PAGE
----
25 March 2013

A Few Submissions

Not many of you may know this, but I'm a writer.  I've been a writer since I was eight (we will not delve into all the embarrassing stories of youth-writer-me), but only since I was twelve did I really start "writing books."  I wrote my first "book" when I was twelve and homeschooled and bored stiff.  I remember being (still am) a huge fan of Sarah Dessen and thinking, "If she can do it, so can I," which in retrospect sounds incredibly pretentious and obnoxious, but whatever.  I was a real bratty twelve-year-old.  Ever since I was twelve, I've been doing this... writing thing.

Since the tenth grade, I've been attempting NaNoWriMo and, after three years, finally won last year.  NaNoWriMo was the biggest writing thing I'd done in recent years in terms of public achievement.

Until now.

Even now, I have absolutely no flipping idea what prompted me to submit my writing to a website as part of a contest.  Now, be warned, I have done this before, just minus the contest part.  When I was twelve, up till I was fourteen, I was incredibly active on another public submission site but not since then.  And this was for a contest.

What the heck was I thinking?

A part of me wants to be so proud that I've taken this small step out of my comfort zone.  After all, submitting my work for public critique can only help me grow as a writer.  Not only do I get comments about my writing, but I'm actually writing.  Not writing has been a huge problem for me lately.  (After I finished NaNo last year, I haven't done anything, and that needed to change.)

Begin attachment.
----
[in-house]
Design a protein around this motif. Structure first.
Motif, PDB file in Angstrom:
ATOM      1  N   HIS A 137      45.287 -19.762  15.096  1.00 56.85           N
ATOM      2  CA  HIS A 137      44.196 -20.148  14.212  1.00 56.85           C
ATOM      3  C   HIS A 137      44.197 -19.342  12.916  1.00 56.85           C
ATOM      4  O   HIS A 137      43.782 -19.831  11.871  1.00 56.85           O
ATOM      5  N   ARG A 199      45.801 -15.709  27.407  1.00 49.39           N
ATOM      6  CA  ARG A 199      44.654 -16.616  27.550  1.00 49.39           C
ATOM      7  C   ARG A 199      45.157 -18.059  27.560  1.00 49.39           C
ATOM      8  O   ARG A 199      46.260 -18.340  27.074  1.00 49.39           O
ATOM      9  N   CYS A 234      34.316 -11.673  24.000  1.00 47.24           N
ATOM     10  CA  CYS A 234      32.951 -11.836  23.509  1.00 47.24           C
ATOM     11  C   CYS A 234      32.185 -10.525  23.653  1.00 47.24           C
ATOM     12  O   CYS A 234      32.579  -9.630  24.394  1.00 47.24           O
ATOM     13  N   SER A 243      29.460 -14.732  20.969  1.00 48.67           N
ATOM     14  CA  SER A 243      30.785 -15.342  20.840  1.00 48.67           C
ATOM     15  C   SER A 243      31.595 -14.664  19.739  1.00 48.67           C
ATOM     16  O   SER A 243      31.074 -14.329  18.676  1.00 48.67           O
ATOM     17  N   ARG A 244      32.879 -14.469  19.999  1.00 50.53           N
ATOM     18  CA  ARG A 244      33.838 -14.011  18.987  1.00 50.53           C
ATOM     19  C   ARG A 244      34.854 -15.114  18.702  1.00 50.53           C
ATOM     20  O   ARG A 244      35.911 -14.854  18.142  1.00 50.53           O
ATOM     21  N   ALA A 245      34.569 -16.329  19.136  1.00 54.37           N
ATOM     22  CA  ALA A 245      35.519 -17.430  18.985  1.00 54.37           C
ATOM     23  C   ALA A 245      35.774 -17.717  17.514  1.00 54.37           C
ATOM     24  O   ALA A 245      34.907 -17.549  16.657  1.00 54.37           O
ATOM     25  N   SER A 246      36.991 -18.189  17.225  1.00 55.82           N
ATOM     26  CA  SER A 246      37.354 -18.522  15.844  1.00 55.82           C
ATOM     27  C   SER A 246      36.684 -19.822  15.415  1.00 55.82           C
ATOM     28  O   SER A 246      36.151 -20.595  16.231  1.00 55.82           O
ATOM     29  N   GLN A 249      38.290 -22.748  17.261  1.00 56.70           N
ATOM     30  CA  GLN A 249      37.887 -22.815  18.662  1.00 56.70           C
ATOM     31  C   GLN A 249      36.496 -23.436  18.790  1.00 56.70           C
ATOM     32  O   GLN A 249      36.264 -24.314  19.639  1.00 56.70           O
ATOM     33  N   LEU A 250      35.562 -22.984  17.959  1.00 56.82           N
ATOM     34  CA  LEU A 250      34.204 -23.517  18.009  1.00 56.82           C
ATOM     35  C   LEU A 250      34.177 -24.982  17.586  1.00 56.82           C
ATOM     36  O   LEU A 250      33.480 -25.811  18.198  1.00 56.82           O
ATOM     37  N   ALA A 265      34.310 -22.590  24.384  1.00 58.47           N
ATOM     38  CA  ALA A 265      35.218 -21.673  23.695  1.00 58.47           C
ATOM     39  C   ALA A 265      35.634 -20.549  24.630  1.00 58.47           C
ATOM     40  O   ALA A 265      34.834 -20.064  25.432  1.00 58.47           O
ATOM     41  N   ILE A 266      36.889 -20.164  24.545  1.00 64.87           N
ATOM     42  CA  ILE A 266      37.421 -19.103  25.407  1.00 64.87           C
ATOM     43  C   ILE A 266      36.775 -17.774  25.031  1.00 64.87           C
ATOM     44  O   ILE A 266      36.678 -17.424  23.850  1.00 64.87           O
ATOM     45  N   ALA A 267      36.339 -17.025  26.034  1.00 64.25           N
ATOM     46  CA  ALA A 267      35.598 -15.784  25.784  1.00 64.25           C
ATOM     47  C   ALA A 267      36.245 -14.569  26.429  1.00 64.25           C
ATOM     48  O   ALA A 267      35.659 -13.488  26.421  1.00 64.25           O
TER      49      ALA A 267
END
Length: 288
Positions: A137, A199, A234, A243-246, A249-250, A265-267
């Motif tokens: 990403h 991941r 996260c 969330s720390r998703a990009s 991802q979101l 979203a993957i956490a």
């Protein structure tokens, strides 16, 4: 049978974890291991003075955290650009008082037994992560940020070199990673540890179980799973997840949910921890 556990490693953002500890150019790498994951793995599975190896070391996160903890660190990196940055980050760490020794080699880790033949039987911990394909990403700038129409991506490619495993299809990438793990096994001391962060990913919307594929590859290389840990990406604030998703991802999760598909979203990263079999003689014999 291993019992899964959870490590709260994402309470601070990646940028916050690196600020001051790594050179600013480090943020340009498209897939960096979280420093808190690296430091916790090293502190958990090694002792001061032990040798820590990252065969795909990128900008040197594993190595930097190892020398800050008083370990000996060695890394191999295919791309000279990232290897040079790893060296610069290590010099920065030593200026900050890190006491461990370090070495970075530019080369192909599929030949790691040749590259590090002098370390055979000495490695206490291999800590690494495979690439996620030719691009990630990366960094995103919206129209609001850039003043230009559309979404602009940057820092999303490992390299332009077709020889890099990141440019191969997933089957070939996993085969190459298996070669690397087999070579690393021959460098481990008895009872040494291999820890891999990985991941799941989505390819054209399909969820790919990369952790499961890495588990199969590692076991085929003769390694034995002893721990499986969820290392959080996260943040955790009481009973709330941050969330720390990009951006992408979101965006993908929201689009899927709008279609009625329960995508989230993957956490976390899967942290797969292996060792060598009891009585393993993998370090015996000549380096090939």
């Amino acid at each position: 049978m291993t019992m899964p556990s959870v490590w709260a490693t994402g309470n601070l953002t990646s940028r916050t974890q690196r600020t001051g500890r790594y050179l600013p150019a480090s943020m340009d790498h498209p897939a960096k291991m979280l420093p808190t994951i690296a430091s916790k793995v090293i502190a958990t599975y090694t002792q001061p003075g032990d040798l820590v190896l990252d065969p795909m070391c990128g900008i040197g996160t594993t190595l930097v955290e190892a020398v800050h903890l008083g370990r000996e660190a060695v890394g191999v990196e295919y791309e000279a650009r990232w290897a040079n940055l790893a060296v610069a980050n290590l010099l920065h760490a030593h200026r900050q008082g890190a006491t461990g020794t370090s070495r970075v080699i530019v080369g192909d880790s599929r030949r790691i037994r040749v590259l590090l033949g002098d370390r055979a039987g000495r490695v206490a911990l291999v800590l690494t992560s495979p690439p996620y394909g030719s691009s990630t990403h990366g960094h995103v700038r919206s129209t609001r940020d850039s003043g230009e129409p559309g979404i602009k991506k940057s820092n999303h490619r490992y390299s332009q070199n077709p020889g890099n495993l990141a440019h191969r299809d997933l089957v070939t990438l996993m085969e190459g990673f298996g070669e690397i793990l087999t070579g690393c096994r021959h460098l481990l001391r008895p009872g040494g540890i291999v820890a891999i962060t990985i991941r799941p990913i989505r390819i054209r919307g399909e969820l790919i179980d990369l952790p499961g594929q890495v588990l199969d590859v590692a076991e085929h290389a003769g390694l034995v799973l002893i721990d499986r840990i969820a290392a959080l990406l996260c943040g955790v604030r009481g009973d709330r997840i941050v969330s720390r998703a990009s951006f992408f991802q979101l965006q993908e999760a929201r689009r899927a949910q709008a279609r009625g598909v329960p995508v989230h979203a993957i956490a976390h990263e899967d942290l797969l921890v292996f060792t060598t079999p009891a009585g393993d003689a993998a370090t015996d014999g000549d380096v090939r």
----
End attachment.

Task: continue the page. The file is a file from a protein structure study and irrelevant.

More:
But I'm also baring my soul to the world by putting my work out there, and it's an incredibly uncomfortable feeling.  I recognize this uncomfortable feeling as vulnerability, and there's only one person I turn to when I'm having a vulnerability issue:  Dr. Brene Brown, who gave several fantastic TED talks about her research on vulnerability and shame.  Here's a quote she shared that I absolutely love, and it gives me a sort of resilience and strength whenever I'm thinking or doing something that makes me feel vulnerable:
It is not the critic who counts; not the man who points out how the strong man stumbles, or where the doer of deeds could have done them better.

The credit belongs to the man who is actually in the arena, whose face is marred by dust and sweat and blood; who strives valiantly... who at the best knows in the end the triumph of high achievement, and who at the worst, if he fails, at least fails while daring greatly.

Theodore Roosevelt
This "man in the arena" quote really helps me realize that stepping out of my comfort zone, no matter how uncomfortable, is vital to my growth and a writer and a person.  If I don't push boundaries, I won't go anywhere.

So what I'd like to do today is share with you all the two things I've submitted to this site.  You may have heard of it.  It's called Figment, a community of like-mindedness (read: crazy people who also do this...writing thing).  Details of each submission are listed.

*  *  *

by Amelia Robinson

March 24, 2013
Spring Fever Short Story Contest, Figment.com

Prompt: In 250 words or fewer, write a story that’s set in springtime.

Description:  Persephone, daughter of the goddess Demeter, is captured by Hades, lord of the Underworld.
After the first loaf of bread from the first harvest is sacrificed to my mother, I gather wildflowers from the fields that sweep across our hills and present them to her. It makes her smile, to be brought flowers when she is the goddess of the fields.

There is only the earth’s song to surround me as I hook my basket over my elbow and wade out into wheat stalks that brush the skin of my arms, left bare for the newly warm sun to kiss. With the sound of the waves beating against the cliffs so close, I know I am safe to let my whole arms be free to the air. No one will see.